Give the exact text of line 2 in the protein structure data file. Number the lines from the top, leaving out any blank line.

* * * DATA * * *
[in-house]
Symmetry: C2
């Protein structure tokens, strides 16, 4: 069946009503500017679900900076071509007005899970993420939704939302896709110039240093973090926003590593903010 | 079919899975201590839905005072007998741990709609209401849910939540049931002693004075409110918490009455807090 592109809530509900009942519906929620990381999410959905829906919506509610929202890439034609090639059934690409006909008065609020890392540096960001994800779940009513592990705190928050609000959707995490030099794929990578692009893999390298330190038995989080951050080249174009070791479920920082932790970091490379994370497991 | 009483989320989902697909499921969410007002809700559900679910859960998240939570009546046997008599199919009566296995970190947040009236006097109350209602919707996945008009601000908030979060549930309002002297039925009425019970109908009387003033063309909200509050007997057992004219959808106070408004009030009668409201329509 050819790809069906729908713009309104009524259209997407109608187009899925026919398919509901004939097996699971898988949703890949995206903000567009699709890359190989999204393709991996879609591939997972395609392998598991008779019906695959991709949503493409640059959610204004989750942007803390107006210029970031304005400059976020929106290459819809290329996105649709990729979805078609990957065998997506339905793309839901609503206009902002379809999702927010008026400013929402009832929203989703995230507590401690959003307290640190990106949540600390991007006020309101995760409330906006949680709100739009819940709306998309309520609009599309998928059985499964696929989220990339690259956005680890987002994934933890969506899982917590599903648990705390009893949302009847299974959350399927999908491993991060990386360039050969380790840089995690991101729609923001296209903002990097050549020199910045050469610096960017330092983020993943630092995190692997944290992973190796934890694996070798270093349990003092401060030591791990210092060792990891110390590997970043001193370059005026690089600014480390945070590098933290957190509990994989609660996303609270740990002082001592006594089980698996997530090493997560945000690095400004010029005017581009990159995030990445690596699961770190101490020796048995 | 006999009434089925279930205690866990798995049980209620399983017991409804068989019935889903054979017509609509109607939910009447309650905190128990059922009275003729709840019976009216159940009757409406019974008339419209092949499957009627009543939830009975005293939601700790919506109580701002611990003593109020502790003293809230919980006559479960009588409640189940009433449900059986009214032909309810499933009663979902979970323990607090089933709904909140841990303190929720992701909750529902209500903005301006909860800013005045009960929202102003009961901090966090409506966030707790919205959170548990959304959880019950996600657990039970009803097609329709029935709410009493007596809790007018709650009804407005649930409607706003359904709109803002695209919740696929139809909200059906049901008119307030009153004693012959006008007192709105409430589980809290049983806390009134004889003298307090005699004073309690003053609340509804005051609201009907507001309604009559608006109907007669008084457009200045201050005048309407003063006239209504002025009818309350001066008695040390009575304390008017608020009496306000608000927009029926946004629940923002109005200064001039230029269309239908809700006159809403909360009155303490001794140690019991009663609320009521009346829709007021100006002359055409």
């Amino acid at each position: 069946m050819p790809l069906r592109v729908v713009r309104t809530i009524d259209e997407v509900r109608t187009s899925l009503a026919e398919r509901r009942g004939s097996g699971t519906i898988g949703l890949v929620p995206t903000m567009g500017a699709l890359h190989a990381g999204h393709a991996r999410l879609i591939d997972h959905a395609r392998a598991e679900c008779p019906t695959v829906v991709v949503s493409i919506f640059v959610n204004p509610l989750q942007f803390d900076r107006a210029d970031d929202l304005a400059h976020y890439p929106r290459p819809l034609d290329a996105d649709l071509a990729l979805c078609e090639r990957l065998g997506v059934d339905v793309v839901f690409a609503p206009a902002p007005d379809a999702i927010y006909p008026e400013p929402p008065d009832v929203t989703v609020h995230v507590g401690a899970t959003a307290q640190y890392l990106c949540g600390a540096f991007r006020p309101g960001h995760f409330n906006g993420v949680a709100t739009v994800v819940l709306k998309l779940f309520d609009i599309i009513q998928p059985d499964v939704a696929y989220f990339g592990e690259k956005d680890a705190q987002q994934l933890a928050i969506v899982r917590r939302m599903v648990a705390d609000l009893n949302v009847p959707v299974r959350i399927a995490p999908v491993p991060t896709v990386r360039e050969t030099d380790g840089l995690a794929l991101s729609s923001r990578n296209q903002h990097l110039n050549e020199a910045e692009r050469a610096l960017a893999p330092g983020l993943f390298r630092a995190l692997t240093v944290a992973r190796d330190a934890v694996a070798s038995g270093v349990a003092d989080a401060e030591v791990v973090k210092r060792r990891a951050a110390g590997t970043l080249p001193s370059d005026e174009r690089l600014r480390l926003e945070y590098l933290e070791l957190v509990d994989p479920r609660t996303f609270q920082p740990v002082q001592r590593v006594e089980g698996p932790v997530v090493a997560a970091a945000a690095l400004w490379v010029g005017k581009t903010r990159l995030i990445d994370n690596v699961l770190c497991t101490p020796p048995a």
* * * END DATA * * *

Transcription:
Symmetry: C2